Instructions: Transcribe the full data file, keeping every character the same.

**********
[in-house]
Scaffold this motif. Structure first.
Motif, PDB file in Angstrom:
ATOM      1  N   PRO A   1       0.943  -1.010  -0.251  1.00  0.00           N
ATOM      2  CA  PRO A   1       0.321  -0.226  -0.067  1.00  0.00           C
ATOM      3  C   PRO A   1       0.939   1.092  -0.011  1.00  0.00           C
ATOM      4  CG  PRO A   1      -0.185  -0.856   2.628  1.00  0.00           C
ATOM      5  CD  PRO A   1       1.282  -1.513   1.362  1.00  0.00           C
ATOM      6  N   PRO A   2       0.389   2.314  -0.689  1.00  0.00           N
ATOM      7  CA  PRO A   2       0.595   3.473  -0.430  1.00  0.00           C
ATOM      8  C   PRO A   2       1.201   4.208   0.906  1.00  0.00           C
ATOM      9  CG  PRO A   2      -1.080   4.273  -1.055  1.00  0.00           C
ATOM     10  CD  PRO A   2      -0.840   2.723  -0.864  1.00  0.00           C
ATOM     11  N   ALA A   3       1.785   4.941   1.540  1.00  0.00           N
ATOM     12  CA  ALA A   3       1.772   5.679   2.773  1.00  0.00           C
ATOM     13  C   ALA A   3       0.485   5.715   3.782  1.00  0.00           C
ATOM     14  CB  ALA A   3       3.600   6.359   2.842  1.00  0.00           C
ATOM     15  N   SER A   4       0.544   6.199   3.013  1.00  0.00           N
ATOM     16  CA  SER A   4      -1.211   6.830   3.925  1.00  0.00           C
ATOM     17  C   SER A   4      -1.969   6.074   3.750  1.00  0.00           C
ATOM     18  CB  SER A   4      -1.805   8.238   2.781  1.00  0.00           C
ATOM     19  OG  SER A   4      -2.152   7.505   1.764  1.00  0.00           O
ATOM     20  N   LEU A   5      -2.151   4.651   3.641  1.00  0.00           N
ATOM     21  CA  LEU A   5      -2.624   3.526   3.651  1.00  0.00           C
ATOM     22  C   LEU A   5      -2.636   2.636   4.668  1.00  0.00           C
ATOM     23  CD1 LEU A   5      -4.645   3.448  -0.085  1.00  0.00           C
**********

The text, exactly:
[in-house]
Scaffold this motif. Structure first.
Motif, PDB file in Angstrom:
ATOM      1  N   PRO A   1       0.943  -1.010  -0.251  1.00  0.00           N
ATOM      2  CA  PRO A   1       0.321  -0.226  -0.067  1.00  0.00           C
ATOM      3  C   PRO A   1       0.939   1.092  -0.011  1.00  0.00           C
ATOM      4  CG  PRO A   1      -0.185  -0.856   2.628  1.00  0.00           C
ATOM      5  CD  PRO A   1       1.282  -1.513   1.362  1.00  0.00           C
ATOM      6  N   PRO A   2       0.389   2.314  -0.689  1.00  0.00           N
ATOM      7  CA  PRO A   2       0.595   3.473  -0.430  1.00  0.00           C
ATOM      8  C   PRO A   2       1.201   4.208   0.906  1.00  0.00           C
ATOM      9  CG  PRO A   2      -1.080   4.273  -1.055  1.00  0.00           C
ATOM     10  CD  PRO A   2      -0.840   2.723  -0.864  1.00  0.00           C
ATOM     11  N   ALA A   3       1.785   4.941   1.540  1.00  0.00           N
ATOM     12  CA  ALA A   3       1.772   5.679   2.773  1.00  0.00           C
ATOM     13  C   ALA A   3       0.485   5.715   3.782  1.00  0.00           C
ATOM     14  CB  ALA A   3       3.600   6.359   2.842  1.00  0.00           C
ATOM     15  N   SER A   4       0.544   6.199   3.013  1.00  0.00           N
ATOM     16  CA  SER A   4      -1.211   6.830   3.925  1.00  0.00           C
ATOM     17  C   SER A   4      -1.969   6.074   3.750  1.00  0.00           C
ATOM     18  CB  SER A   4      -1.805   8.238   2.781  1.00  0.00           C
ATOM     19  OG  SER A   4      -2.152   7.505   1.764  1.00  0.00           O
ATOM     20  N   LEU A   5      -2.151   4.651   3.641  1.00  0.00           N
ATOM     21  CA  LEU A   5      -2.624   3.526   3.651  1.00  0.00           C
ATOM     22  C   LEU A   5      -2.636   2.636   4.668  1.00  0.00           C
ATOM     23  CD1 LEU A   5      -4.645   3.448  -0.085  1.00  0.00           C